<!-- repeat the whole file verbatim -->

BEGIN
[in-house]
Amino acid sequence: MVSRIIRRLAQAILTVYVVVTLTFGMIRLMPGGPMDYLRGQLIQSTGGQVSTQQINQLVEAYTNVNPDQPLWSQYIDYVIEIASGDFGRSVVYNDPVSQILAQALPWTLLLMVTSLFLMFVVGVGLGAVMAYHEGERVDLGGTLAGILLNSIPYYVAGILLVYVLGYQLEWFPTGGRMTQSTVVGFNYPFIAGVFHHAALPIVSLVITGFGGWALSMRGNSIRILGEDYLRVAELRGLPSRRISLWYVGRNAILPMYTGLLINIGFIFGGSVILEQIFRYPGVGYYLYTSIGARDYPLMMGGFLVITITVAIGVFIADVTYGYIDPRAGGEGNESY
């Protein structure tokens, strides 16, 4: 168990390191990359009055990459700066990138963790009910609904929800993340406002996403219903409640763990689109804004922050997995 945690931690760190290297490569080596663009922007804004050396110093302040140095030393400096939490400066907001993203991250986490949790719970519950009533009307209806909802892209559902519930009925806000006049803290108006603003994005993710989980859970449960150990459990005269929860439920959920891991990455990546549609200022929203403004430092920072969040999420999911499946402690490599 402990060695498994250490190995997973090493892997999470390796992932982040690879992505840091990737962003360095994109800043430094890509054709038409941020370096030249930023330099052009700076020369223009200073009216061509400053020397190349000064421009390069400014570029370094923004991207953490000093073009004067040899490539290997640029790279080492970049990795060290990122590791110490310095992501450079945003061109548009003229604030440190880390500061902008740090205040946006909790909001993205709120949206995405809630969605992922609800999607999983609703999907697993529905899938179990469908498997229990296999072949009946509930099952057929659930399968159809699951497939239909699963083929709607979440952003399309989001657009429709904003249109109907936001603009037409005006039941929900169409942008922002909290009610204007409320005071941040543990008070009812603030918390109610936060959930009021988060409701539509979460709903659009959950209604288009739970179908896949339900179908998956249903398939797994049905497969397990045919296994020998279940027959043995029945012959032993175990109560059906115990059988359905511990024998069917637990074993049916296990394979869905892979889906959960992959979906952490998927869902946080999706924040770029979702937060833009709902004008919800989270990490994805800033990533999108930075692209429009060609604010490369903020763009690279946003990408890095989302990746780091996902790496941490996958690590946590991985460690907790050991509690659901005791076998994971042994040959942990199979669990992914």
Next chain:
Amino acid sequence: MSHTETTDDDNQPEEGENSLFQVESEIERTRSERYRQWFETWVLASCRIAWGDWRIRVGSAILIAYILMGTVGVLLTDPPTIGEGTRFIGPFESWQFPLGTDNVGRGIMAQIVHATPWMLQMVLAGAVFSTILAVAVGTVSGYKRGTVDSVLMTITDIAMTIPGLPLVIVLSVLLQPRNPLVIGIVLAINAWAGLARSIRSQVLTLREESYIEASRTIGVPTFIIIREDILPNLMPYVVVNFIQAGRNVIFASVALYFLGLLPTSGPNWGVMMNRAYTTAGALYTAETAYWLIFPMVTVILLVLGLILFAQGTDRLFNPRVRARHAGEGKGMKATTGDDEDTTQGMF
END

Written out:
[in-house]
Amino acid sequence: MVSRIIRRLAQAILTVYVVVTLTFGMIRLMPGGPMDYLRGQLIQSTGGQVSTQQINQLVEAYTNVNPDQPLWSQYIDYVIEIASGDFGRSVVYNDPVSQILAQALPWTLLLMVTSLFLMFVVGVGLGAVMAYHEGERVDLGGTLAGILLNSIPYYVAGILLVYVLGYQLEWFPTGGRMTQSTVVGFNYPFIAGVFHHAALPIVSLVITGFGGWALSMRGNSIRILGEDYLRVAELRGLPSRRISLWYVGRNAILPMYTGLLINIGFIFGGSVILEQIFRYPGVGYYLYTSIGARDYPLMMGGFLVITITVAIGVFIADVTYGYIDPRAGGEGNESY
């Protein structure tokens, strides 16, 4: 168990390191990359009055990459700066990138963790009910609904929800993340406002996403219903409640763990689109804004922050997995 945690931690760190290297490569080596663009922007804004050396110093302040140095030393400096939490400066907001993203991250986490949790719970519950009533009307209806909802892209559902519930009925806000006049803290108006603003994005993710989980859970449960150990459990005269929860439920959920891991990455990546549609200022929203403004430092920072969040999420999911499946402690490599 402990060695498994250490190995997973090493892997999470390796992932982040690879992505840091990737962003360095994109800043430094890509054709038409941020370096030249930023330099052009700076020369223009200073009216061509400053020397190349000064421009390069400014570029370094923004991207953490000093073009004067040899490539290997640029790279080492970049990795060290990122590791110490310095992501450079945003061109548009003229604030440190880390500061902008740090205040946006909790909001993205709120949206995405809630969605992922609800999607999983609703999907697993529905899938179990469908498997229990296999072949009946509930099952057929659930399968159809699951497939239909699963083929709607979440952003399309989001657009429709904003249109109907936001603009037409005006039941929900169409942008922002909290009610204007409320005071941040543990008070009812603030918390109610936060959930009021988060409701539509979460709903659009959950209604288009739970179908896949339900179908998956249903398939797994049905497969397990045919296994020998279940027959043995029945012959032993175990109560059906115990059988359905511990024998069917637990074993049916296990394979869905892979889906959960992959979906952490998927869902946080999706924040770029979702937060833009709902004008919800989270990490994805800033990533999108930075692209429009060609604010490369903020763009690279946003990408890095989302990746780091996902790496941490996958690590946590991985460690907790050991509690659901005791076998994971042994040959942990199979669990992914």
Next chain:
Amino acid sequence: MSHTETTDDDNQPEEGENSLFQVESEIERTRSERYRQWFETWVLASCRIAWGDWRIRVGSAILIAYILMGTVGVLLTDPPTIGEGTRFIGPFESWQFPLGTDNVGRGIMAQIVHATPWMLQMVLAGAVFSTILAVAVGTVSGYKRGTVDSVLMTITDIAMTIPGLPLVIVLSVLLQPRNPLVIGIVLAINAWAGLARSIRSQVLTLREESYIEASRTIGVPTFIIIREDILPNLMPYVVVNFIQAGRNVIFASVALYFLGLLPTSGPNWGVMMNRAYTTAGALYTAETAYWLIFPMVTVILLVLGLILFAQGTDRLFNPRVRARHAGEGKGMKATTGDDEDTTQGMF